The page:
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An Honest Look into the Mirror

Seeing Your Current Health on the Staircase of Life

I returned to help people this week, or help one person, feel a little better. I’m working to help a man with his post-surgery exercises, stretches and regular chores around his house. The goal is to be independent and return to normalcy in the most non-normal of times.

His mind is clear, but his health is failing him faster than he realizes. On a short walk this afternoon, he declared in frustration, “I wasn’t like this a year ago.” He detailed his last European holiday with his wife, the last time he really enjoyed himself. He returned from this vacation and went around the US searching for the best specialist for his issue. He picked one, read about the risks and signed the disclaimer, only to wake up after his operation a different person without feeling in his right foot.

I agreed, “It’s not fair, so we have to focus on what’s working and make it better to create your best, new life.”

I rambled about feeding your mind and how he should read about athletes who overcame injury to walk and run again. I wasn’t sure the name of the books, but there must be thousands. Or, a wounded veteran who PT-ed himself back to walking on his own.

He dismissed the book idea and said, “I am not a sit down and read kind of guy. I was a fit man who got things done. I spent my life yelling at crews and people in my factory.”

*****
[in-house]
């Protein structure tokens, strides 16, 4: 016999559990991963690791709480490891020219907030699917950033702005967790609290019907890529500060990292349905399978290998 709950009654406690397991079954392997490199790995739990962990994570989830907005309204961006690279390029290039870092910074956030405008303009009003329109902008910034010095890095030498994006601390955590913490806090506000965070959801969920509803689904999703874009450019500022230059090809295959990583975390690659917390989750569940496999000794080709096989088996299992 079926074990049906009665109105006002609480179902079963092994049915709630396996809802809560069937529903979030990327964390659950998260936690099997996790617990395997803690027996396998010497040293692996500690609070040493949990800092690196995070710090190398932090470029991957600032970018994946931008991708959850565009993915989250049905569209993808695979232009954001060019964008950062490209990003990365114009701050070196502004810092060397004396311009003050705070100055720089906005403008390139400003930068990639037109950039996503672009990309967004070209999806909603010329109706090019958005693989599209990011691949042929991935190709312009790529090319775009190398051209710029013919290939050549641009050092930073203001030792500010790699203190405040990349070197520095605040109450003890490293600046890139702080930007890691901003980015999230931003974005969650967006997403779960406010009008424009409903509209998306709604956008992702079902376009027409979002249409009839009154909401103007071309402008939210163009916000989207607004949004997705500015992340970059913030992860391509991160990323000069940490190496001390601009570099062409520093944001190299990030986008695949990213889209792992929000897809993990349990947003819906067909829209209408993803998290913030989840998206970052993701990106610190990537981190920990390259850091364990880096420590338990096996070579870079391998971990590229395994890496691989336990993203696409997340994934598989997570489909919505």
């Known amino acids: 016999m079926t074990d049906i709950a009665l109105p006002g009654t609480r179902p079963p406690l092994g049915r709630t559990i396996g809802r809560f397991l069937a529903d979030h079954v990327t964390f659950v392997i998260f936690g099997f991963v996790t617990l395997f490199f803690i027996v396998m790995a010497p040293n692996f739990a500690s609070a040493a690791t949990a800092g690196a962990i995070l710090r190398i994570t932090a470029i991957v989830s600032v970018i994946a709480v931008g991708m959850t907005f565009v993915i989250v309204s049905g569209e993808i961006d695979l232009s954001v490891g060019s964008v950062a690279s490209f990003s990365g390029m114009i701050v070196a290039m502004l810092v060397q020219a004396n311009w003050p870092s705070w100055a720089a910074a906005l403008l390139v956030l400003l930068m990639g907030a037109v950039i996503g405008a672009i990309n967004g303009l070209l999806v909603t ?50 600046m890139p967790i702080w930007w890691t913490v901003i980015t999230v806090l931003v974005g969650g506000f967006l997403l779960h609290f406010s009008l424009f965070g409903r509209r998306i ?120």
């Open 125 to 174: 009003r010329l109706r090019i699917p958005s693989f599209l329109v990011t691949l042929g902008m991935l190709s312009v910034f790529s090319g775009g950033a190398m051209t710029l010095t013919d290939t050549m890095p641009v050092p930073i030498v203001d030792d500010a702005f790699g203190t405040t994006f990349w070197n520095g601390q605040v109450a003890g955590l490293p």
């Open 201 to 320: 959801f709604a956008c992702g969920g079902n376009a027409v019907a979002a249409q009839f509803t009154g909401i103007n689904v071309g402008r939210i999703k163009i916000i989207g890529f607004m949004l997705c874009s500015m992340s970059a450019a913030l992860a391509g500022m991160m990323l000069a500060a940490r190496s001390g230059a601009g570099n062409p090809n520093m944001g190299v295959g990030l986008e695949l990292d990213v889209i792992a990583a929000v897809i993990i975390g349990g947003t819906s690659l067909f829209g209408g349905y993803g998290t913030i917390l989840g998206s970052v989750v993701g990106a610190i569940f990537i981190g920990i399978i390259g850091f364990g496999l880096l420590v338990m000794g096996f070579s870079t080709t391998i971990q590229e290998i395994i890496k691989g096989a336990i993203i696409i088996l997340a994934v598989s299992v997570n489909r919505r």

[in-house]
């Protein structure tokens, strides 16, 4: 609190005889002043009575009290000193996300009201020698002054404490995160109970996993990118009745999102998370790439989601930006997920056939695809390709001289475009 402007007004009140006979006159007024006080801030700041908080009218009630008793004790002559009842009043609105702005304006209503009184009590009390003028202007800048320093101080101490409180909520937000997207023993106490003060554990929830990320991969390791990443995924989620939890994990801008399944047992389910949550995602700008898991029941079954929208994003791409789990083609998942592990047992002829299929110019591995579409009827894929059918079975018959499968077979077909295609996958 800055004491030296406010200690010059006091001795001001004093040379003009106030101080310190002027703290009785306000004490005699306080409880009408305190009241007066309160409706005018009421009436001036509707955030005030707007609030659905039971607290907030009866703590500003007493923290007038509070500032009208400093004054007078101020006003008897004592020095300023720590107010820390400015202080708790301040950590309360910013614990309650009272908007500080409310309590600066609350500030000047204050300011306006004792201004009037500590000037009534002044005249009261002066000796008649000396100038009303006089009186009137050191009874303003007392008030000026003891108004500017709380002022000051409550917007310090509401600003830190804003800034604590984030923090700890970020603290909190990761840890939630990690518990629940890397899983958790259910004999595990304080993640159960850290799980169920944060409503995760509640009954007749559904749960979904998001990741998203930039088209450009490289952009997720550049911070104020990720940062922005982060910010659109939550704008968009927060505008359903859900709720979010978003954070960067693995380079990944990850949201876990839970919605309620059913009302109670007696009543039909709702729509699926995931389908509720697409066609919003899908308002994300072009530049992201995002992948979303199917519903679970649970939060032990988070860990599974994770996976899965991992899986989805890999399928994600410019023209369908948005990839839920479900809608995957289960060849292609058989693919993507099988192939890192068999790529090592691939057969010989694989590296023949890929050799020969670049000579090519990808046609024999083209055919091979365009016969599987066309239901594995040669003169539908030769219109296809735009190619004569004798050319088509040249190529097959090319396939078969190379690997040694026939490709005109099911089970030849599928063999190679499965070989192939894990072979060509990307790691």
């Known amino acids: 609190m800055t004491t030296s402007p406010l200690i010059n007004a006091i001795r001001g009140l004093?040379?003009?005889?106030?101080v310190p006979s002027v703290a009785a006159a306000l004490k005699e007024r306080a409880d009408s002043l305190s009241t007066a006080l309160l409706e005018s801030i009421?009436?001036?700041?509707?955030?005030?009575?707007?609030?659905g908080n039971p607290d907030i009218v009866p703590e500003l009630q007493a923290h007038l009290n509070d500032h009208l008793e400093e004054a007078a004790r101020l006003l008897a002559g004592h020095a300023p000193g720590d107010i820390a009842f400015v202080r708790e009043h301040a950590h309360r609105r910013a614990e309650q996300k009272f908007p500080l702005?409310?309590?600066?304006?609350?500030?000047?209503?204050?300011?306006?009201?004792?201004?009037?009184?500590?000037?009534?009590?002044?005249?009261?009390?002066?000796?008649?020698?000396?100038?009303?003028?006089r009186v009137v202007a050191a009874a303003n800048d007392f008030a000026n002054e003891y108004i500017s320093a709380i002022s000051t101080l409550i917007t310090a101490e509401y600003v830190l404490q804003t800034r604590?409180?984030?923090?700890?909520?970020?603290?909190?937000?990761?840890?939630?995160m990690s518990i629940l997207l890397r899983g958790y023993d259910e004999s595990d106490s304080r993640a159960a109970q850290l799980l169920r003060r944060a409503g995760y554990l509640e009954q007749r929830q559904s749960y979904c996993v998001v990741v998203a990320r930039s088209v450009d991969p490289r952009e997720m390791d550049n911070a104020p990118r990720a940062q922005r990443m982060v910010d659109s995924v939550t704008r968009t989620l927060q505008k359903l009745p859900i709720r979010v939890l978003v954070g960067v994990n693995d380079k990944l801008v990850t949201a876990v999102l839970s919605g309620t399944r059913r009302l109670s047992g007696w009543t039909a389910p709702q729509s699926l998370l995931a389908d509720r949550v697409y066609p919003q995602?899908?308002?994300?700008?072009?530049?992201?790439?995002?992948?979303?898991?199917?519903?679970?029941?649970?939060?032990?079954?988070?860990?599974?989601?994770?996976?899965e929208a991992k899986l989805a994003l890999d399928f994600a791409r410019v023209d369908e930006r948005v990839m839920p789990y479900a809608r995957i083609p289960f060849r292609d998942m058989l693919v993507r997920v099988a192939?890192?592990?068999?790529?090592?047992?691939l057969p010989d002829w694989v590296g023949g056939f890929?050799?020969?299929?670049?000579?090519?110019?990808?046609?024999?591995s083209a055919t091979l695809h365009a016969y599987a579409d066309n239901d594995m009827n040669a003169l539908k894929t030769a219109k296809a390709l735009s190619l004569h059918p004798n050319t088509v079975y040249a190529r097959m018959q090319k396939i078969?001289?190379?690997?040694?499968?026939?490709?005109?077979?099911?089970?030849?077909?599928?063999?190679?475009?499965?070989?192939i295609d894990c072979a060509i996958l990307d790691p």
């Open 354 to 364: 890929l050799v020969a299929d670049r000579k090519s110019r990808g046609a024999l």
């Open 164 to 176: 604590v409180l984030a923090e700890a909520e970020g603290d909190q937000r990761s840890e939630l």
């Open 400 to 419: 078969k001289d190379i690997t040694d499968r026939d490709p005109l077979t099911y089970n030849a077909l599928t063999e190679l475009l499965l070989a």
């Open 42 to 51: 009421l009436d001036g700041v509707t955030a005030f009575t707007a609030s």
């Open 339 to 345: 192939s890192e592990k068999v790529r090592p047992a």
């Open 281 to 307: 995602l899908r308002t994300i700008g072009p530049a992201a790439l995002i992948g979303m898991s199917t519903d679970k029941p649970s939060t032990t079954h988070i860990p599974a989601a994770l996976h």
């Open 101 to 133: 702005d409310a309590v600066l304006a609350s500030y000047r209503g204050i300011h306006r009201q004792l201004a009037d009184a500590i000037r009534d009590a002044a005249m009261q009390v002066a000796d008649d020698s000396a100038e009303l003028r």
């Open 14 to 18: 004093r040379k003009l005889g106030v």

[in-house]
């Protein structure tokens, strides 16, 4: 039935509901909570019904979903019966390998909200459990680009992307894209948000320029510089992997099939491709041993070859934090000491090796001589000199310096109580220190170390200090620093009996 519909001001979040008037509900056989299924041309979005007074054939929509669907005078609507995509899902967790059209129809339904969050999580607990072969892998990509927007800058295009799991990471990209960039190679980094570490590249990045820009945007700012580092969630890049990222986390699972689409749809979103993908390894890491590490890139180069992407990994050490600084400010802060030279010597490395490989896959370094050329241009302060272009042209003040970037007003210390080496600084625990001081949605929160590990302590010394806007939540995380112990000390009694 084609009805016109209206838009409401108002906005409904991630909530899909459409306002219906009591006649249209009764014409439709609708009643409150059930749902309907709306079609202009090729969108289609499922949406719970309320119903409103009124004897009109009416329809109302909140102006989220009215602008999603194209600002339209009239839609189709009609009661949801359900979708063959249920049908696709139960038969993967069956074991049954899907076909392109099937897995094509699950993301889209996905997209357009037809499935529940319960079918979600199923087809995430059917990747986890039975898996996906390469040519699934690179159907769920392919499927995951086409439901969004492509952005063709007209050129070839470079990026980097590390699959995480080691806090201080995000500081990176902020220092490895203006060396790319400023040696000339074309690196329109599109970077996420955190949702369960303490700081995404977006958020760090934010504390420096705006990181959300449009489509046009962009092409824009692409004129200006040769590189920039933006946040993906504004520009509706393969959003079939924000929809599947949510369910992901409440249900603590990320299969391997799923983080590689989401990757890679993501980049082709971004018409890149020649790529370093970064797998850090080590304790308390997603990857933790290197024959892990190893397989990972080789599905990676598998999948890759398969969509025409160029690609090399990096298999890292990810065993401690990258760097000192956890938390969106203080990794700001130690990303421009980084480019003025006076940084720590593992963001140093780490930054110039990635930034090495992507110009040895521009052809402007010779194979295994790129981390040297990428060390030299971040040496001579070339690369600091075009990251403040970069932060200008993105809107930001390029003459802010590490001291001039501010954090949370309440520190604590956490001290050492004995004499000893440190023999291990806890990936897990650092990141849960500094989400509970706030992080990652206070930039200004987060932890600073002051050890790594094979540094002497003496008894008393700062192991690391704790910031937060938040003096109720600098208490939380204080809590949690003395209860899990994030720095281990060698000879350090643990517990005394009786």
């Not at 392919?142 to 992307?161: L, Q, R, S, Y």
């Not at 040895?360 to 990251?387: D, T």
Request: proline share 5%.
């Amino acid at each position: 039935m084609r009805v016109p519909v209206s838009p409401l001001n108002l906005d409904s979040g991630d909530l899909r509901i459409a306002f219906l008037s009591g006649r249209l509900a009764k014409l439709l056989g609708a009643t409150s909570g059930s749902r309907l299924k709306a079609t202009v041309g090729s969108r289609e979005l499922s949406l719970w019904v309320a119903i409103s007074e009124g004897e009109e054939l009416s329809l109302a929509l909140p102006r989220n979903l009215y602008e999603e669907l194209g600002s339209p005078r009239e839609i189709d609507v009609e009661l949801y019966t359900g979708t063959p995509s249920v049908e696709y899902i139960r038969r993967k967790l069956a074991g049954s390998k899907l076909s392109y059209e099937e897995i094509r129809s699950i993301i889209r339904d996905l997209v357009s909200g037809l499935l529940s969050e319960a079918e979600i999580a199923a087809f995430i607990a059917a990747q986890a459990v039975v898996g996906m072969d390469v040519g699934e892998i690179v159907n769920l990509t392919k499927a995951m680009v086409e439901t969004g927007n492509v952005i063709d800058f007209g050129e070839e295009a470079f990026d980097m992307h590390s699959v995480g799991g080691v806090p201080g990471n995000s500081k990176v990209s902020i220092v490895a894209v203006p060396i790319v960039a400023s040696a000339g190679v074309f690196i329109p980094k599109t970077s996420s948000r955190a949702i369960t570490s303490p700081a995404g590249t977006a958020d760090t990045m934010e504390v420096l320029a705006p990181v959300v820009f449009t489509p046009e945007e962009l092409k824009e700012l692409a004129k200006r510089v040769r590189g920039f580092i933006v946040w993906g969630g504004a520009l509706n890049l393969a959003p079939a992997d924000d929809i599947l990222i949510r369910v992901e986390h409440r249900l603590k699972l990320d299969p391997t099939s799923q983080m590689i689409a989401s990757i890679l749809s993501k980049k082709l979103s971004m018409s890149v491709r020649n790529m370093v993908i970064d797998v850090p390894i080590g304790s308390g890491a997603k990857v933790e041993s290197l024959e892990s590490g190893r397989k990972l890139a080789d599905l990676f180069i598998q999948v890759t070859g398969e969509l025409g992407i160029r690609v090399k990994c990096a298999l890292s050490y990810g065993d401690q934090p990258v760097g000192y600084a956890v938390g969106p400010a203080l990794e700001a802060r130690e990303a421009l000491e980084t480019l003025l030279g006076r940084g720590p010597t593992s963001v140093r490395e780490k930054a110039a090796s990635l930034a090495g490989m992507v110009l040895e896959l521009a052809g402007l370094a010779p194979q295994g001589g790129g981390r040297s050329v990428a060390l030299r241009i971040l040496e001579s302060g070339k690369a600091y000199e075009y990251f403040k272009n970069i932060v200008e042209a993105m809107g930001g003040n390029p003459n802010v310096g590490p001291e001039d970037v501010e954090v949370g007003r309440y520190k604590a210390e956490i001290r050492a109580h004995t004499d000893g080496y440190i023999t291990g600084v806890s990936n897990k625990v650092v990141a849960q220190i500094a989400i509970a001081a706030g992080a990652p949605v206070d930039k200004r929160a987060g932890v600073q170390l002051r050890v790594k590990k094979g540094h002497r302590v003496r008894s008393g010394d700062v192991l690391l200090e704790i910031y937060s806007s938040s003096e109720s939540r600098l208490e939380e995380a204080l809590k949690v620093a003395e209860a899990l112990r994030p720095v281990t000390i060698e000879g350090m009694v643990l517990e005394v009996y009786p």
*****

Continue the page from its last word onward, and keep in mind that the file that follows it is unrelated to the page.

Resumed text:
Misperceptions of Health


While taking care of my mother a few years ago, her health was slipping, and those closest to her couldn’t see it. A NYC special, specialist in a white lab coat asked if she could draw something for me. “Of course, I am a visual learner.” The specialist drew stairs on the scratch paper. The kind that you’d draw in a hurry if you were playing Pictionary. Then, the doctor started at the top and added an “X” and said, “This was ten years ago when your mother first noticed a change in her health.” Then, the doctor went through each stair and labeled it with an incident like breast cancer or an illness like pneumonia. She made a different kind of timeline that didn’t level out after each event. “You see, your mother has gone through a lot, and has not re-climbed the staircase.”

The kind specialist didn’t have to say the obvious. That with each step down, she was failing, not getting better. I was thankful for the lesson on health incidents, disease and aging, and grateful for it now. Obviously, not all people are the same, but aging generally doesn’t take you up the stairs to the person that you remember.

Minding the Step

This mindset is not limited to my patient who’s frustrated with his immobility; we are all getting older. It’s possible that we are all searching for an elixir to roll back the years, take away the pain, discover something to run faster, or a potion to wake-up with less wrinkles?

Let’s strive to be happy with our current step, and avoid slipping farther down as long as possible. Happily holding on and lifting others up.

Thanks for reading for this story. For more stories, check out As Much as I Care to Remember, a story about a girl and her adventures with Bipolar Disorder and searching for understanding.

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